@ChrisO

    @frank Trying again… ironically my reply last night didn’t appear.

    That’s the weird thing. I can post, then I can’t, then I can, then I can’t.

    This is probably the third time it’s happened now.

    Each time I try a couple of posts before giving up and coming back a few days later to try again.

    Are you logged in on two seperate devices ?

    iPhone and or PC ?

    So this is my second reply to @Barracuda… first one (from home laptop) didn’t appear, this is from work laptop in the office.

    Pretty sure it hasn’t been confined to one or the other though.

    I very occasionally look at the site on mobile but rarely post that way.

  6. Anyone noticing a performance improvement? Site seems to be screamin’ lately, not by accident. Loads of work has gone into getting this fucking thing off its knees, just wondering if its feeling faster to anyone other than the Keepers?

  7. Yes, definitely better for me. I read a bit at work but rarely post from there, and often the posts won’t load, which I put down to the shite IT. Home-wise, it was getting frustratingly slow but is now very good. I love the site and appreciate all the effort that goes into running it, and therefore won’t complain about the performance (see Rule #43)*, but there’s definitely been an improvement which is much appreciated. Chapeau, Sir.

    *well, just one tiny complaint – you gave me a +1 the other day but I never saw the jersey, ….

  8. @Frank does seem a bit faster, it seems more consistent now.

    By the by, I dropped you an email (to all accounts) can you drop me a reply please.

  9. Apart from my home IP issue it is fine, and yes does seem to be much faster.

    Thanks for checking the spam for me after my ‘barking’. I hope you admire the persistence of my belief that anyone might give a shit about whether my comments disappear into the ether or not.

    Oddly enough I’m probably one of the least likely to be sharing my IP with a terrorist – the internet out here is controlled behind a firewall run by the telcos who provide the connections, and it is monitored  as closely as these things can be.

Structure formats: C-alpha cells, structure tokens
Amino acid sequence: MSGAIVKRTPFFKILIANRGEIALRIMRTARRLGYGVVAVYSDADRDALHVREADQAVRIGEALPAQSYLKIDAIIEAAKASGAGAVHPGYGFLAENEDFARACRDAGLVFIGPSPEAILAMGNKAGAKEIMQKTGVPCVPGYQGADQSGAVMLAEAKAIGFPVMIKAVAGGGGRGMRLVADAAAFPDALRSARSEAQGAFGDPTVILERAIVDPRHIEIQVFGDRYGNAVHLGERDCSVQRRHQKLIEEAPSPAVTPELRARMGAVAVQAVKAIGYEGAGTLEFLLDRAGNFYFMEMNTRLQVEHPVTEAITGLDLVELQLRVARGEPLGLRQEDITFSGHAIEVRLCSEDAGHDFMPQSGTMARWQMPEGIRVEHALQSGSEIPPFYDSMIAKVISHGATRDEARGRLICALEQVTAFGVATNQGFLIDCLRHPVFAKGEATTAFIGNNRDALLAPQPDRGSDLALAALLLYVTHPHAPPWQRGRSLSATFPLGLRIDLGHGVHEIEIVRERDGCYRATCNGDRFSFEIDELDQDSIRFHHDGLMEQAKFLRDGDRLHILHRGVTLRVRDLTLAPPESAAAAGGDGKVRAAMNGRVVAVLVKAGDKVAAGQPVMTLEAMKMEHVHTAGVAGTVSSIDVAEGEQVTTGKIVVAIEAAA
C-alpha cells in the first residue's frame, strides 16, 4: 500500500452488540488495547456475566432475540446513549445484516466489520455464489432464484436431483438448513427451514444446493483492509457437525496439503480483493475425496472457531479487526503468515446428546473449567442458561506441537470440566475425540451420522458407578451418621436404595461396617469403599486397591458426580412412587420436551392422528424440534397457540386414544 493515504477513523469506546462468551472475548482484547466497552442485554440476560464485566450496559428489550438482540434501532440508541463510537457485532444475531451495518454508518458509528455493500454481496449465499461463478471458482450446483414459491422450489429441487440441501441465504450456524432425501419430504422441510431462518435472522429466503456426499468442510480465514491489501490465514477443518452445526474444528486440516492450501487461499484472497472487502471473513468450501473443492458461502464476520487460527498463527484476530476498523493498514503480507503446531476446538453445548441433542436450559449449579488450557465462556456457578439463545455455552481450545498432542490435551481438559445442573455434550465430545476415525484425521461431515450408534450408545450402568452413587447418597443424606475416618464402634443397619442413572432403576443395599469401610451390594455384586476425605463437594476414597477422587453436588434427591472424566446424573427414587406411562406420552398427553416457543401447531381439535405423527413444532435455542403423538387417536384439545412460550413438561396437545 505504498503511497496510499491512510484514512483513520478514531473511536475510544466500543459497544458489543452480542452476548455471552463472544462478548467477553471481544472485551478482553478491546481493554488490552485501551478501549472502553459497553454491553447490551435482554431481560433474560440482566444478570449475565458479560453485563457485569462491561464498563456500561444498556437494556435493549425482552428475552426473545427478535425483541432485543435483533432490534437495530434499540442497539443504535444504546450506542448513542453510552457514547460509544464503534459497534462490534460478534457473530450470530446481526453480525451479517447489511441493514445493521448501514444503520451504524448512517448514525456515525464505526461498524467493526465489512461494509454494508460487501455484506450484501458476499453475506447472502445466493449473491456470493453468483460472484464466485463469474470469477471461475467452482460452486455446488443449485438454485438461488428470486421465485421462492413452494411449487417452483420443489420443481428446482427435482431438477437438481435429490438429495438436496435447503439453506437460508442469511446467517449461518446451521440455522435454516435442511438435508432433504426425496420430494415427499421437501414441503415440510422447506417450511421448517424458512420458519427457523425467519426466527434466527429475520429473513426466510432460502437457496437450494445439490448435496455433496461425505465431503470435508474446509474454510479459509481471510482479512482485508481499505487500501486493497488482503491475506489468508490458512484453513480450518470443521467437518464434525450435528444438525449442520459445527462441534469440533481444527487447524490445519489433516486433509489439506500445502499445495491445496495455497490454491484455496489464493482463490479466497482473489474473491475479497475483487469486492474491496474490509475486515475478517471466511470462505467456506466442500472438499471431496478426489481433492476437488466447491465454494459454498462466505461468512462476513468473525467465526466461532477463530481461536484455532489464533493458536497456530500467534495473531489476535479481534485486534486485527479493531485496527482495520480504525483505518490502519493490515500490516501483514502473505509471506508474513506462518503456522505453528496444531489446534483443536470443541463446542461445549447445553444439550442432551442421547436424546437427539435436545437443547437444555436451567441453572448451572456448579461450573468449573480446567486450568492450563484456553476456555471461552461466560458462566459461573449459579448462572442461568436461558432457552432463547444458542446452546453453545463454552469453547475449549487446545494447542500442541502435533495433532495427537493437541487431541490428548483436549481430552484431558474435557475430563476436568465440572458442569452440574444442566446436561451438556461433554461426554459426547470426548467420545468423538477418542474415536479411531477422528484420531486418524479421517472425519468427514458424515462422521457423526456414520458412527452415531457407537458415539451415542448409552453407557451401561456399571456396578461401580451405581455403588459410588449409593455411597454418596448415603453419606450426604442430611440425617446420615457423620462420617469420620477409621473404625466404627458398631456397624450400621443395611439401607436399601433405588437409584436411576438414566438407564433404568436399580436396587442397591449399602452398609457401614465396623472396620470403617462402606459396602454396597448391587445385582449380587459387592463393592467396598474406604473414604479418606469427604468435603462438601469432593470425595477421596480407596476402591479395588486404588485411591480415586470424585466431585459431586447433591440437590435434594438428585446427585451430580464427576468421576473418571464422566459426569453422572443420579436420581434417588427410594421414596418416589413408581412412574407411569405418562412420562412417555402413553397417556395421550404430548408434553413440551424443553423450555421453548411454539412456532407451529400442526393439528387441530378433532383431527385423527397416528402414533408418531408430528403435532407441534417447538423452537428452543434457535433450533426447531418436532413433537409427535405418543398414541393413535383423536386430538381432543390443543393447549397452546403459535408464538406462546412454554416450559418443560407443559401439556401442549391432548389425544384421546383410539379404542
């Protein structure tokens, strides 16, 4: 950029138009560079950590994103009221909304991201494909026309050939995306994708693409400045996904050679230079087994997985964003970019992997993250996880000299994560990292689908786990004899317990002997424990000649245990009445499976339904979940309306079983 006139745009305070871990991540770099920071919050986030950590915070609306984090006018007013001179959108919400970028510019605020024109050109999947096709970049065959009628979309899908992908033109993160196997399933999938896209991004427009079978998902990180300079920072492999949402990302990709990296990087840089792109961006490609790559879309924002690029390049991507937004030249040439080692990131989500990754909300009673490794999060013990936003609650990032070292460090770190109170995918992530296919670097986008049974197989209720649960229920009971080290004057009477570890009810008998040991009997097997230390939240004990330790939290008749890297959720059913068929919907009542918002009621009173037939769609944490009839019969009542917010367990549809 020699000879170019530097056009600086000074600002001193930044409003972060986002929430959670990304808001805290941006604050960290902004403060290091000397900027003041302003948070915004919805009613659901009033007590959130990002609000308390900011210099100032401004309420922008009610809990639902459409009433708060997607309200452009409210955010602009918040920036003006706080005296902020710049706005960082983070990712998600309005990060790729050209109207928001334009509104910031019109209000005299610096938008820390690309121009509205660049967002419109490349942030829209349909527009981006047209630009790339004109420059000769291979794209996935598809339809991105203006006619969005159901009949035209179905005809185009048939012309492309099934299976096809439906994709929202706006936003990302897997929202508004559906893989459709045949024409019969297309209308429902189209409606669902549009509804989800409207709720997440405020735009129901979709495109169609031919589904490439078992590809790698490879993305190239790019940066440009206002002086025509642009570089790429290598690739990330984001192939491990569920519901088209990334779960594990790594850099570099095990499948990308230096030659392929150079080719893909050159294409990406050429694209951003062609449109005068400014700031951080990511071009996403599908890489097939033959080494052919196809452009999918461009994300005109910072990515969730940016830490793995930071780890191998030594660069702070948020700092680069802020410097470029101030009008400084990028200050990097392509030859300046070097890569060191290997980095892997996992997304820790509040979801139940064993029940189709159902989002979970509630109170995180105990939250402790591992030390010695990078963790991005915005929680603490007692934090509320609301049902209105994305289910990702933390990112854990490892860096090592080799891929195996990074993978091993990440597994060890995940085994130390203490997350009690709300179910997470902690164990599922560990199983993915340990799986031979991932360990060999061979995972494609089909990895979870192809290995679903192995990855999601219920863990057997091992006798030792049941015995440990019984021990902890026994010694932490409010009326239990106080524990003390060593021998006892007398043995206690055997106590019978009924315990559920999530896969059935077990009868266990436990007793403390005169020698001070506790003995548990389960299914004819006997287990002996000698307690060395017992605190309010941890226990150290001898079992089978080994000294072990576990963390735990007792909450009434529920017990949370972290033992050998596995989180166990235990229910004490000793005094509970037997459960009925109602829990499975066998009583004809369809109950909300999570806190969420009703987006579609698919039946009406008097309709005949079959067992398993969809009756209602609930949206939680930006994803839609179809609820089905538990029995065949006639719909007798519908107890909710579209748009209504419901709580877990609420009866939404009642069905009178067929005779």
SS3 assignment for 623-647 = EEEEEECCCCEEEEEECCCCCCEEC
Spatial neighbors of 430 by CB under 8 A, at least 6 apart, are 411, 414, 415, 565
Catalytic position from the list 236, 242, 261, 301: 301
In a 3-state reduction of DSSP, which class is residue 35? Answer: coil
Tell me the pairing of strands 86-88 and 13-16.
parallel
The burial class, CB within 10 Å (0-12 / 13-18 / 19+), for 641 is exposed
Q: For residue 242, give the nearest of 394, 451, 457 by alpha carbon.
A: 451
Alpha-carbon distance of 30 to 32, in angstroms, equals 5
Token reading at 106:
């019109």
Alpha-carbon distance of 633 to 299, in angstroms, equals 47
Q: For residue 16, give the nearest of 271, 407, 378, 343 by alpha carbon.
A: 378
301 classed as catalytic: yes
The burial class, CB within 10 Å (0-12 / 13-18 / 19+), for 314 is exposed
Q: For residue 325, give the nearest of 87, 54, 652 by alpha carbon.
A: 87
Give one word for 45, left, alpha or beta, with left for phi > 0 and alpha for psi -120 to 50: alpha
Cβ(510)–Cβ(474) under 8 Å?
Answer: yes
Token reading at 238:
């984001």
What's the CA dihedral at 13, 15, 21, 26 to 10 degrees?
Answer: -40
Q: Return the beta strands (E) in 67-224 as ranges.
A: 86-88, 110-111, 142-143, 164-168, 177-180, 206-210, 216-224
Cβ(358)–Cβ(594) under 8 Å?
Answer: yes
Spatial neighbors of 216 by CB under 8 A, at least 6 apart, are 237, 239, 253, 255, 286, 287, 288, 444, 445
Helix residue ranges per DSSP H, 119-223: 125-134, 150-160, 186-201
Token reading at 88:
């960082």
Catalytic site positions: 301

We can’t access quite a lot of sites and I’m not talking just porn and extremism. For a long time we couldn’t even access Flickr. They also block any VOIP services, but one suspects commercial reasons behind that.

  10. Seems much better by mobile here. All comments are appearing under articles too. Thanks for all the hard work.

  11. @Gianni can you check your email.

    Thanks

  12. and @frank  definitely faster and stays logged in know from any of my devices.

  13. Been lurking for a while now. A ride last night (and reflections thereon) inspired me to join.

    The Ride Starts on Time

    I went for a ride yesterday. Short, but solid and focused on a Category 3 climb (a respectable feat for a relative neophyte). I had planned on going with a friend of mine, but that plan unraveled at the last minute (well, 30 minutes after the last minute).

    Here on the East Coast of the US, it’s getting dark early. Not a big deal, I thought. My companion recently purchase a 180 lumen behemoth, and I had been counting on that to assuage my fears of visibility. When it became apparent that he wouldn’t be able to ride along, I decided to go it alone. Sunset was predicted for 6:01 PM, it was 5:30 and I knew I’d be getting back around 7:00. Dusk, twilight and then nightfall, but I’d be rolling back into the driveway without spending too much time in the true dark of the night. And I was prepared: Two headlights, a taillight and an incredibly Hi-vis Louis Garneau jersey. I would be seen so I set out.

    As the ground under my wheels began to undulate higher and more frequently, the colors of New England autumn started to wash to gray in the fading light. The definition of ‘the gloaming’ I thought to myself. Fear, like the darkness around me, was setting in. But I wasn’t turning back, despite hearing the voice of South Park’s Thumper in my head: “You’re going to have a bad time.”